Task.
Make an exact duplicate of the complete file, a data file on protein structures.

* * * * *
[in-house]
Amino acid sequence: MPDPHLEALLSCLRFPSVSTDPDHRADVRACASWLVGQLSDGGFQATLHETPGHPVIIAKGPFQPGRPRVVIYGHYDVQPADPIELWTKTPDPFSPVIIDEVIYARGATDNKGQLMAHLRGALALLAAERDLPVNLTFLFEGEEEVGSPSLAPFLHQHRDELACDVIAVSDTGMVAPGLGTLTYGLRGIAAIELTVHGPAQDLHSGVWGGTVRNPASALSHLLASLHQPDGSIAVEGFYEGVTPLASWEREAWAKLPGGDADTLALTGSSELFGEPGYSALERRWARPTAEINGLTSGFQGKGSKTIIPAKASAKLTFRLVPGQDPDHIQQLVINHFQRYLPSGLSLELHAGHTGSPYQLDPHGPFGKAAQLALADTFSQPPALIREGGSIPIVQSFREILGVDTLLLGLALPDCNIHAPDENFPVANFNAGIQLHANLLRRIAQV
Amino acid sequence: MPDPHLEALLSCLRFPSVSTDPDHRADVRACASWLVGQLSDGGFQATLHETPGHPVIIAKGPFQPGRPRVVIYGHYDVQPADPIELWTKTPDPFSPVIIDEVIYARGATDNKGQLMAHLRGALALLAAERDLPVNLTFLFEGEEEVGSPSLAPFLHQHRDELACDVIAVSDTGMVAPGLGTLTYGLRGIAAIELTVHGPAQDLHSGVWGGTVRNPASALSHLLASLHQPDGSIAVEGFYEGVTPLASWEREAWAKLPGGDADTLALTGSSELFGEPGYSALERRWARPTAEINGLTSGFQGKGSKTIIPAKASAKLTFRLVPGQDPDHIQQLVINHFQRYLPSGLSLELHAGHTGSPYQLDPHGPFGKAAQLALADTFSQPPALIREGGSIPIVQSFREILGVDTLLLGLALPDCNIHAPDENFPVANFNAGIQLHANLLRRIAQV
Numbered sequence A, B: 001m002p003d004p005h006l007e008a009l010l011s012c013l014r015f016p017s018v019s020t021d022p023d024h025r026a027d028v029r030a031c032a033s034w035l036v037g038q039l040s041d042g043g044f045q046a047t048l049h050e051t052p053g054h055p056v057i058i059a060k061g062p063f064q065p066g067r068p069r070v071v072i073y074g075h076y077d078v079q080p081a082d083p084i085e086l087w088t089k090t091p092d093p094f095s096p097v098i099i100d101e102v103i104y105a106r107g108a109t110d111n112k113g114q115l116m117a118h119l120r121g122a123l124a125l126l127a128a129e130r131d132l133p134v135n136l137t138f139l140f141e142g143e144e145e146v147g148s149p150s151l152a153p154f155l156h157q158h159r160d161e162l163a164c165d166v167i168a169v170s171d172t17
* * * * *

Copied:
[in-house]
Amino acid sequence: MPDPHLEALLSCLRFPSVSTDPDHRADVRACASWLVGQLSDGGFQATLHETPGHPVIIAKGPFQPGRPRVVIYGHYDVQPADPIELWTKTPDPFSPVIIDEVIYARGATDNKGQLMAHLRGALALLAAERDLPVNLTFLFEGEEEVGSPSLAPFLHQHRDELACDVIAVSDTGMVAPGLGTLTYGLRGIAAIELTVHGPAQDLHSGVWGGTVRNPASALSHLLASLHQPDGSIAVEGFYEGVTPLASWEREAWAKLPGGDADTLALTGSSELFGEPGYSALERRWARPTAEINGLTSGFQGKGSKTIIPAKASAKLTFRLVPGQDPDHIQQLVINHFQRYLPSGLSLELHAGHTGSPYQLDPHGPFGKAAQLALADTFSQPPALIREGGSIPIVQSFREILGVDTLLLGLALPDCNIHAPDENFPVANFNAGIQLHANLLRRIAQV
Amino acid sequence: MPDPHLEALLSCLRFPSVSTDPDHRADVRACASWLVGQLSDGGFQATLHETPGHPVIIAKGPFQPGRPRVVIYGHYDVQPADPIELWTKTPDPFSPVIIDEVIYARGATDNKGQLMAHLRGALALLAAERDLPVNLTFLFEGEEEVGSPSLAPFLHQHRDELACDVIAVSDTGMVAPGLGTLTYGLRGIAAIELTVHGPAQDLHSGVWGGTVRNPASALSHLLASLHQPDGSIAVEGFYEGVTPLASWEREAWAKLPGGDADTLALTGSSELFGEPGYSALERRWARPTAEINGLTSGFQGKGSKTIIPAKASAKLTFRLVPGQDPDHIQQLVINHFQRYLPSGLSLELHAGHTGSPYQLDPHGPFGKAAQLALADTFSQPPALIREGGSIPIVQSFREILGVDTLLLGLALPDCNIHAPDENFPVANFNAGIQLHANLLRRIAQV
Numbered sequence A, B: 001m002p003d004p005h006l007e008a009l010l011s012c013l014r015f016p017s018v019s020t021d022p023d024h025r026a027d028v029r030a031c032a033s034w035l036v037g038q039l040s041d042g043g044f045q046a047t048l049h050e051t052p053g054h055p056v057i058i059a060k061g062p063f064q065p066g067r068p069r070v071v072i073y074g075h076y077d078v079q080p081a082d083p084i085e086l087w088t089k090t091p092d093p094f095s096p097v098i099i100d101e102v103i104y105a106r107g108a109t110d111n112k113g114q115l116m117a118h119l120r121g122a123l124a125l126l127a128a129e130r131d132l133p134v135n136l137t138f139l140f141e142g143e144e145e146v147g148s149p150s151l152a153p154f155l156h157q158h159r160d161e162l163a164c165d166v167i168a169v170s171d172t17